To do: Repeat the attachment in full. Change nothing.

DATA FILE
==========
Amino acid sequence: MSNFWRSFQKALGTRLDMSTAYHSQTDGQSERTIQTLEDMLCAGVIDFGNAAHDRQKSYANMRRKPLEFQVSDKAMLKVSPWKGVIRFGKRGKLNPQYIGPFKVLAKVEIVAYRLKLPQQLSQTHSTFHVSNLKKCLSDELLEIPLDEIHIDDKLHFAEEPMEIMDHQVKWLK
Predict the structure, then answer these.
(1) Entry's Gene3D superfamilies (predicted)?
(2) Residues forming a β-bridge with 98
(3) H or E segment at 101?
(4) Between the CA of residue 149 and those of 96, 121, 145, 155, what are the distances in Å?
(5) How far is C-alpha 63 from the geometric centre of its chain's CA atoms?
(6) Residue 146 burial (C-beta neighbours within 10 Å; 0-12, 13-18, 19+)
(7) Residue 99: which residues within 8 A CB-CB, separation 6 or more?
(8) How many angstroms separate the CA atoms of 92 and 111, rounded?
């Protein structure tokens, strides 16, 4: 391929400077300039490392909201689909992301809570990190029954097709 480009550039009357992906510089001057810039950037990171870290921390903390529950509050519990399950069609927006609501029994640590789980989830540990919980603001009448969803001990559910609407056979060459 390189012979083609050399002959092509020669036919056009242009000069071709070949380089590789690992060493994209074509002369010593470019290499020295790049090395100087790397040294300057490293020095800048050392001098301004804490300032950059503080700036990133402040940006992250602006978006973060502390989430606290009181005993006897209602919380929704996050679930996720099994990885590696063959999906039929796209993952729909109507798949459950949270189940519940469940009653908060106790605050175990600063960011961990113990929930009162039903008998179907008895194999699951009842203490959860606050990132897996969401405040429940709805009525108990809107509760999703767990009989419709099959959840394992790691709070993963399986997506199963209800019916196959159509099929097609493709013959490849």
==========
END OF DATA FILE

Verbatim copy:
Amino acid sequence: MSNFWRSFQKALGTRLDMSTAYHSQTDGQSERTIQTLEDMLCAGVIDFGNAAHDRQKSYANMRRKPLEFQVSDKAMLKVSPWKGVIRFGKRGKLNPQYIGPFKVLAKVEIVAYRLKLPQQLSQTHSTFHVSNLKKCLSDELLEIPLDEIHIDDKLHFAEEPMEIMDHQVKWLK
Predict the structure, then answer these.
(1) Entry's Gene3D superfamilies (predicted)?
(2) Residues forming a β-bridge with 98
(3) H or E segment at 101?
(4) Between the CA of residue 149 and those of 96, 121, 145, 155, what are the distances in Å?
(5) How far is C-alpha 63 from the geometric centre of its chain's CA atoms?
(6) Residue 146 burial (C-beta neighbours within 10 Å; 0-12, 13-18, 19+)
(7) Residue 99: which residues within 8 A CB-CB, separation 6 or more?
(8) How many angstroms separate the CA atoms of 92 and 111, rounded?
């Protein structure tokens, strides 16, 4: 391929400077300039490392909201689909992301809570990190029954097709 480009550039009357992906510089001057810039950037990171870290921390903390529950509050519990399950069609927006609501029994640590789980989830540990919980603001009448969803001990559910609407056979060459 390189012979083609050399002959092509020669036919056009242009000069071709070949380089590789690992060493994209074509002369010593470019290499020295790049090395100087790397040294300057490293020095800048050392001098301004804490300032950059503080700036990133402040940006992250602006978006973060502390989430606290009181005993006897209602919380929704996050679930996720099994990885590696063959999906039929796209993952729909109507798949459950949270189940519940469940009653908060106790605050175990600063960011961990113990929930009162039903008998179907008895194999699951009842203490959860606050990132897996969401405040429940709805009525108990809107509760999703767990009989419709099959959840394992790691709070993963399986997506199963209800019916196959159509099929097609493709013959490849």